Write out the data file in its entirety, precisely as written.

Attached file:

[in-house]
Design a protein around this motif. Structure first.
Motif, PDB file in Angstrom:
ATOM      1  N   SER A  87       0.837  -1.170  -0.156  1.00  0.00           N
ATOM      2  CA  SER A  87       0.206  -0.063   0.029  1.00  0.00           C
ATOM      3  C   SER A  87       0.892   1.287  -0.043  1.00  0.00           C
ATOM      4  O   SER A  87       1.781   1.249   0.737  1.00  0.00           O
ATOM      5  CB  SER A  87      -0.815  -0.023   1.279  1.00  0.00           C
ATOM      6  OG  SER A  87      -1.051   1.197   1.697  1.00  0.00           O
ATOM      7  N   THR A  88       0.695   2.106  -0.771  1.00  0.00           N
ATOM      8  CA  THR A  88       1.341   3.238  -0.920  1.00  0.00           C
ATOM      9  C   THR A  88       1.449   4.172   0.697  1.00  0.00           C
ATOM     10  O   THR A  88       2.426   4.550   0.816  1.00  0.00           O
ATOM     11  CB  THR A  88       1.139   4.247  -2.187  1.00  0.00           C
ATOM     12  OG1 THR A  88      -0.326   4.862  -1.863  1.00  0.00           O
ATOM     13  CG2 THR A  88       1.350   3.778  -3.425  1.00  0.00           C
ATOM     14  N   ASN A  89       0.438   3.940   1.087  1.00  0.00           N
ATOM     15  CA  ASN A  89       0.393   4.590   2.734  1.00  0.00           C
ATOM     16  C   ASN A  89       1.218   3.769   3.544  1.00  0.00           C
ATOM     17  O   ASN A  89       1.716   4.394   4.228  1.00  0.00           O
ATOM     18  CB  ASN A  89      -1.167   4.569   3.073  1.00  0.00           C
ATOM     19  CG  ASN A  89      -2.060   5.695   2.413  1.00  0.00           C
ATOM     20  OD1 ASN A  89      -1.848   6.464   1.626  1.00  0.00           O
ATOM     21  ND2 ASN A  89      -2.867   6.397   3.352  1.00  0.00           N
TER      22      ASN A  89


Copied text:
[in-house]
Design a protein around this motif. Structure first.
Motif, PDB file in Angstrom:
ATOM      1  N   SER A  87       0.837  -1.170  -0.156  1.00  0.00           N
ATOM      2  CA  SER A  87       0.206  -0.063   0.029  1.00  0.00           C
ATOM      3  C   SER A  87       0.892   1.287  -0.043  1.00  0.00           C
ATOM      4  O   SER A  87       1.781   1.249   0.737  1.00  0.00           O
ATOM      5  CB  SER A  87      -0.815  -0.023   1.279  1.00  0.00           C
ATOM      6  OG  SER A  87      -1.051   1.197   1.697  1.00  0.00           O
ATOM      7  N   THR A  88       0.695   2.106  -0.771  1.00  0.00           N
ATOM      8  CA  THR A  88       1.341   3.238  -0.920  1.00  0.00           C
ATOM      9  C   THR A  88       1.449   4.172   0.697  1.00  0.00           C
ATOM     10  O   THR A  88       2.426   4.550   0.816  1.00  0.00           O
ATOM     11  CB  THR A  88       1.139   4.247  -2.187  1.00  0.00           C
ATOM     12  OG1 THR A  88      -0.326   4.862  -1.863  1.00  0.00           O
ATOM     13  CG2 THR A  88       1.350   3.778  -3.425  1.00  0.00           C
ATOM     14  N   ASN A  89       0.438   3.940   1.087  1.00  0.00           N
ATOM     15  CA  ASN A  89       0.393   4.590   2.734  1.00  0.00           C
ATOM     16  C   ASN A  89       1.218   3.769   3.544  1.00  0.00           C
ATOM     17  O   ASN A  89       1.716   4.394   4.228  1.00  0.00           O
ATOM     18  CB  ASN A  89      -1.167   4.569   3.073  1.00  0.00           C
ATOM     19  CG  ASN A  89      -2.060   5.695   2.413  1.00  0.00           C
ATOM     20  OD1 ASN A  89      -1.848   6.464   1.626  1.00  0.00           O
ATOM     21  ND2 ASN A  89      -2.867   6.397   3.352  1.00  0.00           N
TER      22      ASN A  89